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International RelationsLong Read

Measuring What Matters: Why GDP Is Not Geopolitical Destiny

The rise of China and the security dilemma that it presents is viewed as inevitable by significant sections of the UK policy community. Central to this is China’s strong economic base, which has generated the diplomatic, informational, military and economic levers necessary for it to challenge the US-led ‘rules-based’ order designed to perpetuate Western power post-World War Two. 

However, while China is a formidable adversary and should not be underestimated, we should not be blind to the weaknesses in China’s economic structure and risk overestimating its strengths and constraining ourselves conceptually. In particular, we should be cautious in using gross indicators to calculate relative power and economic growth, as in isolation these approaches can be misleading. This article compares competing methods of measuring power, before examining that while China is likely to overtake the US in terms of gross real GDP, this is not an effective metric for assessing relative power when used in isolation. 

Despite economic headwinds, China will still overtake the US in terms of real GDP

Gross Domestic Product (GDP) is the market value of all “final goods and services produced in a specific period” in a country. Real GDP accounts for price inflation against the GDP of a chosen base year, therefore only rising output increases GDP, not inflation. This metric of real GDP benefits from being the most commonly used indicator of an economy’s overall size, growth and general health, meaning that there is significantly more data available for comparative analysis. 

Although China has significant demographic, capital and productivity challenges, this is unlikely to prevent China from overtaking the US in real GDP. China has capitalised upon lower relative wage costs due to its large population, a central driver of its economic growth over the last 50 years. The 1978 economic reforms permitted private businesses while liberalising foreign trade and investment, since which China has experienced enormous economic growth, even compared to other rapidly growing “Asian Tiger” economies. From 1978 to the onset of the 2008 global financial crisis, China’s real GDP grew by a factor of 17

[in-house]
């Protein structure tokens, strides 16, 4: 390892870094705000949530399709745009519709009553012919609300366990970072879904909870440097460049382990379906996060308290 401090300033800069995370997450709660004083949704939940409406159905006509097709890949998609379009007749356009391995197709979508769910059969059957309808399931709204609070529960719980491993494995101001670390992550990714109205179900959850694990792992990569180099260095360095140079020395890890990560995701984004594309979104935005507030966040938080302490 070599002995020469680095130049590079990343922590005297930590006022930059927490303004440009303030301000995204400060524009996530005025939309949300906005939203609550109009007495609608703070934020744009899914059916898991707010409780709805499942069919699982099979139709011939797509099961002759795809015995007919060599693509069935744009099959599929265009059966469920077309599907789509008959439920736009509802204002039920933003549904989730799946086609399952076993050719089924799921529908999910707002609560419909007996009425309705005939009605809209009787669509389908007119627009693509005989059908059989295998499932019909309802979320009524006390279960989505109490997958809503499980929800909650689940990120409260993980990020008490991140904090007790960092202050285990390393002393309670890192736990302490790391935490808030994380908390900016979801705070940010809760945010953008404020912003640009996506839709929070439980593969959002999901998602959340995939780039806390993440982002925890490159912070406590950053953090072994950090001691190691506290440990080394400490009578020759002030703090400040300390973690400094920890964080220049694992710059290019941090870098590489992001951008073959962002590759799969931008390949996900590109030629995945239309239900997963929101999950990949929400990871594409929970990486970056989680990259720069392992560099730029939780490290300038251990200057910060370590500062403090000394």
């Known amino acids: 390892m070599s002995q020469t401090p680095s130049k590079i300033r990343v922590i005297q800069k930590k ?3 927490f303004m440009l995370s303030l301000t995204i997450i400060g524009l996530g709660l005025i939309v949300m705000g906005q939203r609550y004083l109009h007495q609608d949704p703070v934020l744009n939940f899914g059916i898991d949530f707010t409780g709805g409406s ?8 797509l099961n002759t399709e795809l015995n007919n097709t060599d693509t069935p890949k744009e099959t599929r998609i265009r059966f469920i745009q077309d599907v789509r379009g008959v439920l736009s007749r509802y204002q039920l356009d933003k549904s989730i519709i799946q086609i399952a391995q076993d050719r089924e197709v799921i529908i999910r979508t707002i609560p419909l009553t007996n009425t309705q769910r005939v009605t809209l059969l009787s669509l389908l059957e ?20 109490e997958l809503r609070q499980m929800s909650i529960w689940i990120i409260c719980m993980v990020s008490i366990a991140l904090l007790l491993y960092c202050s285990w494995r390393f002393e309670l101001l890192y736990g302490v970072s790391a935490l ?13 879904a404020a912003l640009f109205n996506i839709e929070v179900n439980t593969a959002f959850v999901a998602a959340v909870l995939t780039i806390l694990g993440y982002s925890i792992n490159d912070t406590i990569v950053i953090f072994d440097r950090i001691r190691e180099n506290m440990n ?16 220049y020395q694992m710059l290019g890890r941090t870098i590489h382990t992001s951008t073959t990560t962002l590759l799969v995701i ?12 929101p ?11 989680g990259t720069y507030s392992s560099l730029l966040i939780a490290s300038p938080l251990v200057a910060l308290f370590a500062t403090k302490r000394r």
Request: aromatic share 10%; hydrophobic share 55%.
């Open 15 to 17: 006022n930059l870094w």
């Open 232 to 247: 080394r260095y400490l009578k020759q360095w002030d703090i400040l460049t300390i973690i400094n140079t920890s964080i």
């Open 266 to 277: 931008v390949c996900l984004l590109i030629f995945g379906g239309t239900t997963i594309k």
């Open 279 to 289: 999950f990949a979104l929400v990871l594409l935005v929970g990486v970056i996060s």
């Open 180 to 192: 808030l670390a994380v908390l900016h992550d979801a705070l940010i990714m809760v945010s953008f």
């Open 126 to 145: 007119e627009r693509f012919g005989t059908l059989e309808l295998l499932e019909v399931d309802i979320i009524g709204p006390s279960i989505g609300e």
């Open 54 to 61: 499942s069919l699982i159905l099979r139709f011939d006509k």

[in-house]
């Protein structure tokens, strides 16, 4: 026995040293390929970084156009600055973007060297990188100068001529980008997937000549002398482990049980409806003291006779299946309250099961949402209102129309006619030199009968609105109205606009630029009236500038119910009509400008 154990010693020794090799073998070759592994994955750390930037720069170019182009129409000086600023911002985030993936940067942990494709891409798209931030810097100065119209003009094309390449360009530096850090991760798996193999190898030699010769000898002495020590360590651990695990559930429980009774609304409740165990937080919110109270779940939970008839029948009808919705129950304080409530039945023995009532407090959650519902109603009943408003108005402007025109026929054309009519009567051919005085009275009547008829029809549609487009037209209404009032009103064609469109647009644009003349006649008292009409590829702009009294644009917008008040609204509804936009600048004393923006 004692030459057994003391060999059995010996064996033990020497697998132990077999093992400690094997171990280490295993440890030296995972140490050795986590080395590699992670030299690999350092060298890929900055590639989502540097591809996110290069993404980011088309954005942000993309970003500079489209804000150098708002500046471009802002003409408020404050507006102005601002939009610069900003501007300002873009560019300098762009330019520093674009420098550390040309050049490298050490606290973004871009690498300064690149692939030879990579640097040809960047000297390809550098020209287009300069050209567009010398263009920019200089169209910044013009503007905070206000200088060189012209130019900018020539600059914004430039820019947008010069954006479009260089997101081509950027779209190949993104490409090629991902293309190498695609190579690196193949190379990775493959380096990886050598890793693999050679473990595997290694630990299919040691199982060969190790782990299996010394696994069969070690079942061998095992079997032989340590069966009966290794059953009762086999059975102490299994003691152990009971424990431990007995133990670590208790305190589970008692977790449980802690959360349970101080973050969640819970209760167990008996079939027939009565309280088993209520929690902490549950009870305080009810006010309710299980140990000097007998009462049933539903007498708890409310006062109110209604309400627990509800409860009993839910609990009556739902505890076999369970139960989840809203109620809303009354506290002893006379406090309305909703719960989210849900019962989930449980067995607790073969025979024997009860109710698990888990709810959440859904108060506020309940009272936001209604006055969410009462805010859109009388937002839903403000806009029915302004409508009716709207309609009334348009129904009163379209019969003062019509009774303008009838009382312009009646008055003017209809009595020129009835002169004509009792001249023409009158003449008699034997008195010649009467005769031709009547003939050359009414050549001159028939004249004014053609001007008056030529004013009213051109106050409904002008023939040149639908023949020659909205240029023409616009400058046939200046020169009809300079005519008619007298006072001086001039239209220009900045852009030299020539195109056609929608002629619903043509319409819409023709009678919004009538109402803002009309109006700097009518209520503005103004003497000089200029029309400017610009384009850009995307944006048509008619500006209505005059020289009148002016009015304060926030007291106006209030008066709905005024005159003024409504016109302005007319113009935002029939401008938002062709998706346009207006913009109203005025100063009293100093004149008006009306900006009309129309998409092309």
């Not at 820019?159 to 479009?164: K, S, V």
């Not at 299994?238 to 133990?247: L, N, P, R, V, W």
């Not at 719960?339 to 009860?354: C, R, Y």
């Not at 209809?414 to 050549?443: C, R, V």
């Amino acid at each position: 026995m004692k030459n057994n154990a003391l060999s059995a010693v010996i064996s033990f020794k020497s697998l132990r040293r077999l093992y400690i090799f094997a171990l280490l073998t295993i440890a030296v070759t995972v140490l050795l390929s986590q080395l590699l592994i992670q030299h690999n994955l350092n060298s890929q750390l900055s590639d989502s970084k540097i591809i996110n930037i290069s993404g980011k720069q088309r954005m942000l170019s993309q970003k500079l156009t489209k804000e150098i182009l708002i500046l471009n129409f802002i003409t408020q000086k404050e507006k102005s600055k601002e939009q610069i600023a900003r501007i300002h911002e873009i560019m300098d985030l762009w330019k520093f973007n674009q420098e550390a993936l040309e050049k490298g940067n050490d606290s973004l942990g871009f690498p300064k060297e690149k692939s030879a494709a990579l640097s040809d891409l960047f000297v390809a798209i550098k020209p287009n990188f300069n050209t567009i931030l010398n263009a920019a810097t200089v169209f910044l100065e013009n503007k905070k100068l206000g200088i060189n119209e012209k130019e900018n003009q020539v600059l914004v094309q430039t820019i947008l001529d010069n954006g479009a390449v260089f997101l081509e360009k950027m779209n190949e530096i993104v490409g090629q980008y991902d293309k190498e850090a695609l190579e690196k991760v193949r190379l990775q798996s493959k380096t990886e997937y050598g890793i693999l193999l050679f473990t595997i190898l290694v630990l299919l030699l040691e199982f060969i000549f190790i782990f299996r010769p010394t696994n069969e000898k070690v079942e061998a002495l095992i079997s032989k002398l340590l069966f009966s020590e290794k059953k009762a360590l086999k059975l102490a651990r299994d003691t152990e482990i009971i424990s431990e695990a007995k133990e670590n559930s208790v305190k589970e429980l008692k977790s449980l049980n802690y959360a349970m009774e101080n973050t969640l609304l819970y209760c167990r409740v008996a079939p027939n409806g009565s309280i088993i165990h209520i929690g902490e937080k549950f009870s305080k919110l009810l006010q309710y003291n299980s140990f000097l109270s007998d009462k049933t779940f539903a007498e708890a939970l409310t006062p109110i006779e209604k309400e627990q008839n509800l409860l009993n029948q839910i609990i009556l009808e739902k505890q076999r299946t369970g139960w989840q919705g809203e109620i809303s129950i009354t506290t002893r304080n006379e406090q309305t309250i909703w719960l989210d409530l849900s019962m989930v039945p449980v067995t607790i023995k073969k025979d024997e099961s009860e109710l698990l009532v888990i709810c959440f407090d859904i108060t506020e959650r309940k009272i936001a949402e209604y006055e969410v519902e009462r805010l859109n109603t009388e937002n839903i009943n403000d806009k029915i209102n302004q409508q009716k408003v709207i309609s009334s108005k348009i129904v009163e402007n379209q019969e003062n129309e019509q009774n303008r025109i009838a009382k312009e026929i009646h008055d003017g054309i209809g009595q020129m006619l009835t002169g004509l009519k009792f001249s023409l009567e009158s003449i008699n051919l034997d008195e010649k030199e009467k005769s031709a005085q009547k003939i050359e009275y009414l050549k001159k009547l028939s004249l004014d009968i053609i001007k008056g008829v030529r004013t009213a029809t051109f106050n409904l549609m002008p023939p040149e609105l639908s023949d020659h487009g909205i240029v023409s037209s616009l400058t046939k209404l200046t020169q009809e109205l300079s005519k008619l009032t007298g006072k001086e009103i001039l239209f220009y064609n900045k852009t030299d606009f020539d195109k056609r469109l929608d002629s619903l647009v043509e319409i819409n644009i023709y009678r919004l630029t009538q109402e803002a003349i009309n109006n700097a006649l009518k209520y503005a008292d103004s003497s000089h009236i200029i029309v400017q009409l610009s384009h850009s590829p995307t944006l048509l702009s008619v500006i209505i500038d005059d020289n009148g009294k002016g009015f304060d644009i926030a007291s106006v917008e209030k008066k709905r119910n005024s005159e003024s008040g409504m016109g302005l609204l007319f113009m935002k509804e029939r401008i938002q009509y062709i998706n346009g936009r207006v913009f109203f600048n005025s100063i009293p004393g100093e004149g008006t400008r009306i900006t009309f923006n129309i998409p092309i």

The 2008 crisis reduced this breakneck growth, with China’s annual real GDP growth between 2015 and 2018 falling below 7% for the first time since 1991. This was compounded by further shocks from the recent Covid pandemic and the CCP’s “zero Covid” policy. Chinese policy post-2008 has increasingly relied upon state investment, improving technology and expanding domestic consumption of finished products. This transition from the previous export economic focus is assessed to be “hedging” against reduced exports due to increasing competition and international pressures such as tariffs. Nonetheless, China’s real GDP should still increase 5.7% annually to 2025 and 4.7% annually until 2030, according to Centre for Economics and Business Research (CEBR) forecasts. Although there are reasons to doubt these figures – including the provision of misleading data by the Chinese state, and upcoming shocks such as increased nearshoring of supply chains and property market debt bubbles – the overall trend is clear. Chinese real GDP is on course to overtake the US by 2030.  

A relentless economic titan? Not quite.

How can power be measured between states?

There are three main approaches to measuring power in international relations; control over actors, control over outcomes and control over resources. In the case of control over actors, power is usually defined as an actor’s ability to shape world politics following its interests. However, Nye argues that it is impossible to measure this ability systematically because it would require a comprehensive understanding of each actor’s influence and interest over a potentially infinite number of events. This means that the power over outcomes approach is issue-specific, with analysis not often transferable to other situations. Therefore, it is only useful for retrospective analysis and can often lead to nonsensical conclusions, for example, Vietnam being considered ‘more powerful’ than the US by forcing its withdrawal in 1973 and achieving its desired outcome. 

In contrast, Dahl defines power over actors as the ability of “A to get B to do something” they would otherwise not do. Here, it is challenging to quantify to what extent A influenced B’s decision to do or not do something else. Furthermore, Hart argues that the use of coercive power, such as economic sanctions, does not always have the intended effect, and its effectiveness is dependent upon numerous other factors, such as the availability of domestic substitutes. This further complicates analysis, therefore most research compares resources, such as military assets and wealth. These assets allow for influence across most domains, leading to embedded views that unconsciously shape actors’ interests. For example, even if Mexico adopted an offensive realist foreign policy, it is highly unlikely to consider territorial expansion into the US due to its relative power resources. As such, the power over resources approach will be used for this analysis as its use of data produces more tangible conclusions than behavioural approaches, which assume accurate understanding of actors preferences. 

Key challenges in applying the power as resources approach